I’m so sorry, Christine. I can relate - the feelings of ‘what if’ are crashing over my like waves. Once I’ve analysed one ‘what if’, here comes another (eg I should have called ambulance sooner, or I should have stopped the hospital from discharging him).

The most difficult aspect I need to come to terms with is that people are ultimately responsible for themselves (unless of course you are a child or mentally incapacitated). I suffer with an inflated sense of responsibility for others and, for the most part, it has taken over much of my life. I found it really really difficult that my mother’s partner (mark) carried on smoking despite suffering one cardiac arrest, I just couldn’t understand it but despite me telling him not to he still did it. But he was in control, it was his call.

All we can do is share our experiences with people and hope that they will take it on board. Beyond that there is nothing more we can do.

Let’s hope that by sharing our stories and experiences it will help someone out there x

Hello Goggs

Thank you so much writing that insightful and touching reply. My heart goes out to you, as it does to us all here. They always said at the Drs that a pacemaker would give him a few more “good” years as a “last resort” so although knowing HF is a serious condition I didn’t think we’d reached past danger level as he was still on drug therapy. I can’t even comprehend how you must have felt on that ‘end of life’ care decision ( which at our hospital was less than not good). Its all so very difficult to come to terms with isn’t it, but once again I truly thank you for your reply.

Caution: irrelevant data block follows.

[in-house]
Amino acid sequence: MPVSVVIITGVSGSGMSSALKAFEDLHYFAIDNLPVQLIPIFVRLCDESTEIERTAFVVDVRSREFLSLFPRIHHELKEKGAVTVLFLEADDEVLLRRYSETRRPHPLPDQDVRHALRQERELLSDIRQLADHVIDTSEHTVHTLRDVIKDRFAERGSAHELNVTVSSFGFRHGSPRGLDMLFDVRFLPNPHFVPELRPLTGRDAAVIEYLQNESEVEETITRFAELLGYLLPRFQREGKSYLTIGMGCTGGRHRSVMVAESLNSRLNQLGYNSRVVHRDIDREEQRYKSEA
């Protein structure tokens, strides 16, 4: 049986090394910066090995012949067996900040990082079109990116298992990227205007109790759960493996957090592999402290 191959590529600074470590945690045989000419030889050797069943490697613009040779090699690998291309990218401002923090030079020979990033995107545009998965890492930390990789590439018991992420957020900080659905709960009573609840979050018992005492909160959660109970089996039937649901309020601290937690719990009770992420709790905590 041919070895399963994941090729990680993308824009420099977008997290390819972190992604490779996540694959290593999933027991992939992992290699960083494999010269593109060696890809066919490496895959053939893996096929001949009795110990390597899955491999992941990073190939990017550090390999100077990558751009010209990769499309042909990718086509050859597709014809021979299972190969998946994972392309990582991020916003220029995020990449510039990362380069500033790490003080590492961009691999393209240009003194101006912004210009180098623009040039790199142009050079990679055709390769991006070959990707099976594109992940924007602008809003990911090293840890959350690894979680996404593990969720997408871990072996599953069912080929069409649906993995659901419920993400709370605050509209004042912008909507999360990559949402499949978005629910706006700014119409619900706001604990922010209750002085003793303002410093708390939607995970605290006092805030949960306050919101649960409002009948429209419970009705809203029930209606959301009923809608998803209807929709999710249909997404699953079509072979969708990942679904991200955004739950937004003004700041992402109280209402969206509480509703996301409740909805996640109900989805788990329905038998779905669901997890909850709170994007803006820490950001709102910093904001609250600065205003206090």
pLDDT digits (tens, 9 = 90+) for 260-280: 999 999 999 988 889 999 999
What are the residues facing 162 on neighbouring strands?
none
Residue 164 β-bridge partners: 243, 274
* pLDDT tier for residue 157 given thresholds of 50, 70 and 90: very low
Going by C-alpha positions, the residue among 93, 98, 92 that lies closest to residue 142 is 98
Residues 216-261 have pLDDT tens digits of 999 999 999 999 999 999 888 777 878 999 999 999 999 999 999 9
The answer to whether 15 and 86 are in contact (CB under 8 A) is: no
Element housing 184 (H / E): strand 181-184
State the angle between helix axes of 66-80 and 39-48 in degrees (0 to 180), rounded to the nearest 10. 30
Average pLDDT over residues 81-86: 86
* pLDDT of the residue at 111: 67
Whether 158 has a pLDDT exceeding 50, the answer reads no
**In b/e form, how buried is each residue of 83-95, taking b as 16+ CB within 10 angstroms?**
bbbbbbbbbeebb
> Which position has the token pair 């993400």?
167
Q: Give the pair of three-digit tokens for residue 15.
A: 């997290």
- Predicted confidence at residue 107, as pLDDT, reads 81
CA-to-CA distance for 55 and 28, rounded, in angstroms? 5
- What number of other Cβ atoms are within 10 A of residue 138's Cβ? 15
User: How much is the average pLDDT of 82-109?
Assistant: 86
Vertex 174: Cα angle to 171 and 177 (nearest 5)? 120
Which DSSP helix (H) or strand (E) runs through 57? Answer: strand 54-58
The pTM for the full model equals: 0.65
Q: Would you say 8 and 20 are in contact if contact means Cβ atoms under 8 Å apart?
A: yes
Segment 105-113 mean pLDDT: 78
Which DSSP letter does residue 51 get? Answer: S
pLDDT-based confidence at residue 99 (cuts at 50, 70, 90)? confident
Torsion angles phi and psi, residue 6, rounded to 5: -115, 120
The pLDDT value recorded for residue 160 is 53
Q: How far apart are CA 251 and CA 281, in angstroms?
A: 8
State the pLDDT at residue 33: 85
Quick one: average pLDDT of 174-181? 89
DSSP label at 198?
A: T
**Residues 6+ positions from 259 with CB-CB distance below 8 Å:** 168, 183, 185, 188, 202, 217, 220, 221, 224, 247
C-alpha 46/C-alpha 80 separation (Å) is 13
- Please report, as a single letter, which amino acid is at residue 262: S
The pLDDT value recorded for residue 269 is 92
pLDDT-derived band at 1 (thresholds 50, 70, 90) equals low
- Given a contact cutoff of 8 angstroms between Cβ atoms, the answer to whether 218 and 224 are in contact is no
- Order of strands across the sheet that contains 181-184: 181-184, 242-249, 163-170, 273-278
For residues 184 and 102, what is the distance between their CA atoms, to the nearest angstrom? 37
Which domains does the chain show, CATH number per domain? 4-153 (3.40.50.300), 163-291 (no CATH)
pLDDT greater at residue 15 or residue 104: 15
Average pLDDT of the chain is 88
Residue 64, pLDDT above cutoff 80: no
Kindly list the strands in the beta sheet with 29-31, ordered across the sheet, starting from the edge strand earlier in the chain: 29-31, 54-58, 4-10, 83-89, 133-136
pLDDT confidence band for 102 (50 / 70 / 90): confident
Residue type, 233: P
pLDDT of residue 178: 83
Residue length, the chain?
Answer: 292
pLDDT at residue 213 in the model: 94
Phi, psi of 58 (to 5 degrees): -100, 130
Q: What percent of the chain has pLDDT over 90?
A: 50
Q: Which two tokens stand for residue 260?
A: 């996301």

Hello Christine I’m sorry for your distress.My Husband too had a bad cough and had had it a while. I remember going to the chemist and asking for something he could take for it that was ok for high BP. It was winter though so coughs were common. Then he had this massive heart attack. There were hardly any symptoms. When he got to hospital he was told he had pneumonia, again a surprise. I often wondered if the cough was instrumental in the heart attack, like a precursor to it. Sadly we aren’t Drs and can’t know what we can’t know. x

Hi Tina thanks for your reply it’s so true we never think a cough or not feeling 100% can be anything serious we can’t forsee things.
Christine x

Thanks for your reply my mind is full of ifs and why’s but I know I have to try and deal with my grief as best as I can.
Christine x

All, I am struggling. I can’t see a future anymore and it is breaking my heart to see my mum so lost and upset. I am an only child so I feel the responsibility weighing heavily upon me. All I want to do is protect my mum.

Hi it’s hard but all you can do it’s be there for your mum and support her make sure she opens up and doesn’t hold anything in I find myself putting a face on and it makes me feel worse I’m sure you are doing your best.
Christine x